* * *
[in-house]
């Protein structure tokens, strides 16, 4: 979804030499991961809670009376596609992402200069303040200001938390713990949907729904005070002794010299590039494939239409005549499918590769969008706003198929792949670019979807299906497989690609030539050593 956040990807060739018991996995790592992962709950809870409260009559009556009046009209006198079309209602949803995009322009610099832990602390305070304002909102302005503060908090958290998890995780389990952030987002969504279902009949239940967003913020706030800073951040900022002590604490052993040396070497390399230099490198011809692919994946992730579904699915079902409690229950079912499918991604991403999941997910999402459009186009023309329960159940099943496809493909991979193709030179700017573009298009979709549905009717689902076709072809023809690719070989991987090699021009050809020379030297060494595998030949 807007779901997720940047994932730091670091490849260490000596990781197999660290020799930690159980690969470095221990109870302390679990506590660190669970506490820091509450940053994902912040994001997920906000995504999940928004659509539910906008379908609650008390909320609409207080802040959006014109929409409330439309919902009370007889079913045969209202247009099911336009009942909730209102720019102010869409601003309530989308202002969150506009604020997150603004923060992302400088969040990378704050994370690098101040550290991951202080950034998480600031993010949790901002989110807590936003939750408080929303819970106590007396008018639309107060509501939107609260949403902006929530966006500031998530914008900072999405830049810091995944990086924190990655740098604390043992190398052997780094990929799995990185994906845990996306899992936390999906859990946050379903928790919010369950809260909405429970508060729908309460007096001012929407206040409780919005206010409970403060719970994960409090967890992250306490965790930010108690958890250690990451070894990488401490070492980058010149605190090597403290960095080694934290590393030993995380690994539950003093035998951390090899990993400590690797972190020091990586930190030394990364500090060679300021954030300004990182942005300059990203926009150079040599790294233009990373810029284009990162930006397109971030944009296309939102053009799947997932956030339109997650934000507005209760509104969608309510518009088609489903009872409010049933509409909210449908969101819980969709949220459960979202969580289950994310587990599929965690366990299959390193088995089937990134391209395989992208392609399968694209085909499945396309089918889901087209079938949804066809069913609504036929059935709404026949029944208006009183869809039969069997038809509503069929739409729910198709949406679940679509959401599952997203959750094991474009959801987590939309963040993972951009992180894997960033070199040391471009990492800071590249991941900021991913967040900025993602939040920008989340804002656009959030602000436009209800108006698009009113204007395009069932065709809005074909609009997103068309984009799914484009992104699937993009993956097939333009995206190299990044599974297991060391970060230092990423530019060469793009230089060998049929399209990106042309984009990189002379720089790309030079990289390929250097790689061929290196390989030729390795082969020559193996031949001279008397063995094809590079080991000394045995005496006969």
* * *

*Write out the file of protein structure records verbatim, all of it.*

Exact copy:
[in-house]
């Protein structure tokens, strides 16, 4: 979804030499991961809670009376596609992402200069303040200001938390713990949907729904005070002794010299590039494939239409005549499918590769969008706003198929792949670019979807299906497989690609030539050593 956040990807060739018991996995790592992962709950809870409260009559009556009046009209006198079309209602949803995009322009610099832990602390305070304002909102302005503060908090958290998890995780389990952030987002969504279902009949239940967003913020706030800073951040900022002590604490052993040396070497390399230099490198011809692919994946992730579904699915079902409690229950079912499918991604991403999941997910999402459009186009023309329960159940099943496809493909991979193709030179700017573009298009979709549905009717689902076709072809023809690719070989991987090699021009050809020379030297060494595998030949 807007779901997720940047994932730091670091490849260490000596990781197999660290020799930690159980690969470095221990109870302390679990506590660190669970506490820091509450940053994902912040994001997920906000995504999940928004659509539910906008379908609650008390909320609409207080802040959006014109929409409330439309919902009370007889079913045969209202247009099911336009009942909730209102720019102010869409601003309530989308202002969150506009604020997150603004923060992302400088969040990378704050994370690098101040550290991951202080950034998480600031993010949790901002989110807590936003939750408080929303819970106590007396008018639309107060509501939107609260949403902006929530966006500031998530914008900072999405830049810091995944990086924190990655740098604390043992190398052997780094990929799995990185994906845990996306899992936390999906859990946050379903928790919010369950809260909405429970508060729908309460007096001012929407206040409780919005206010409970403060719970994960409090967890992250306490965790930010108690958890250690990451070894990488401490070492980058010149605190090597403290960095080694934290590393030993995380690994539950003093035998951390090899990993400590690797972190020091990586930190030394990364500090060679300021954030300004990182942005300059990203926009150079040599790294233009990373810029284009990162930006397109971030944009296309939102053009799947997932956030339109997650934000507005209760509104969608309510518009088609489903009872409010049933509409909210449908969101819980969709949220459960979202969580289950994310587990599929965690366990299959390193088995089937990134391209395989992208392609399968694209085909499945396309089918889901087209079938949804066809069913609504036929059935709404026949029944208006009183869809039969069997038809509503069929739409729910198709949406679940679509959401599952997203959750094991474009959801987590939309963040993972951009992180894997960033070199040391471009990492800071590249991941900021991913967040900025993602939040920008989340804002656009959030602000436009209800108006698009009113204007395009069932065709809005074909609009997103068309984009799914484009992104699937993009993956097939333009995206190299990044599974297991060391970060230092990423530019060469793009230089060998049929399209990106042309984009990189002379720089790309030079990289390929250097790689061929290196390989030729390795082969020559193996031949001279008397063995094809590079080991000394045995005496006969």